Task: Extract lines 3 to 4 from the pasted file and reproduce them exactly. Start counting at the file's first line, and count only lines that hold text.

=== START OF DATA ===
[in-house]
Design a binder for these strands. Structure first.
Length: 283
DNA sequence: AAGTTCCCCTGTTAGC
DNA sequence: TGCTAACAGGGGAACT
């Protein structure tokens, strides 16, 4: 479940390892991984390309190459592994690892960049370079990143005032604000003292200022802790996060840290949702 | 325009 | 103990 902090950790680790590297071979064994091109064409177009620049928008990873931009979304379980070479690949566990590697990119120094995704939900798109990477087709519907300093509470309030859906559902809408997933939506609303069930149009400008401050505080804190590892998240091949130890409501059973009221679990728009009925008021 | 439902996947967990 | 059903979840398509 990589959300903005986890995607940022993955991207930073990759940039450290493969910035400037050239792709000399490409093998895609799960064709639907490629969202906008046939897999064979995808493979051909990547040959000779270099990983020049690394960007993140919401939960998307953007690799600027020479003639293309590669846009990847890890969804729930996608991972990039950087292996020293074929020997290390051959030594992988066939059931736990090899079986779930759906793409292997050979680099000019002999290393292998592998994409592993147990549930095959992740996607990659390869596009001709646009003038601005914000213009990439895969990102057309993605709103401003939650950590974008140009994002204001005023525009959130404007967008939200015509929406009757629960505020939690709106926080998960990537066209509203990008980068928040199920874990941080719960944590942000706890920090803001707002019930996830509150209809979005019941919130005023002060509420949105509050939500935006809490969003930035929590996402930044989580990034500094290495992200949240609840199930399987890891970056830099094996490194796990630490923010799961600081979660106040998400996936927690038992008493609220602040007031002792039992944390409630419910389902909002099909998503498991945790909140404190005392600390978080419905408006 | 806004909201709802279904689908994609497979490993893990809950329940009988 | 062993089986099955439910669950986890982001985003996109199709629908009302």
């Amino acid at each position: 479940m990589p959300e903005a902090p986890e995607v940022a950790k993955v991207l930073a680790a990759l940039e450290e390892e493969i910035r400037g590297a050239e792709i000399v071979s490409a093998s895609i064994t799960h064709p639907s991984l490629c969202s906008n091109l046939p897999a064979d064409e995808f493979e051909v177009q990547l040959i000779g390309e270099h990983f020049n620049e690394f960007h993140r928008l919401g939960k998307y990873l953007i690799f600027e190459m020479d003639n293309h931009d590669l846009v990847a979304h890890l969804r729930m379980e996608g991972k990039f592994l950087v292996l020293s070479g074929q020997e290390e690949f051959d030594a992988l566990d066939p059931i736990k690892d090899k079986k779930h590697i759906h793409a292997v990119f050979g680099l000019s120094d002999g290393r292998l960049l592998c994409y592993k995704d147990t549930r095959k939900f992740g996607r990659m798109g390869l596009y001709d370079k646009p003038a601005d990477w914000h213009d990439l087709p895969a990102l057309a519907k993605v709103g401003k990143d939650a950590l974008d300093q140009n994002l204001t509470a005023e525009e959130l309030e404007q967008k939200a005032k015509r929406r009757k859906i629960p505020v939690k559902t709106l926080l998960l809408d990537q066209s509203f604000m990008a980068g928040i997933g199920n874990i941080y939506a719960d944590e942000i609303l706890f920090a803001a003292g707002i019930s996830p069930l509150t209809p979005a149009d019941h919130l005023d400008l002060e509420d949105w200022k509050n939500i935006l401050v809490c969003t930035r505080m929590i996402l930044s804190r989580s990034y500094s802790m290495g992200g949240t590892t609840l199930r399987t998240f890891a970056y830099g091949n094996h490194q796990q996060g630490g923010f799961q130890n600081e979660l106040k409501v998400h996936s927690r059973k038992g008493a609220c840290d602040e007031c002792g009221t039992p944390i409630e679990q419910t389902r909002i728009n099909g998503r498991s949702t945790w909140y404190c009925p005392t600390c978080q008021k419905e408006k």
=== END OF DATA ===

Length: 283
DNA sequence: AAGTTCCCCTGTTAGC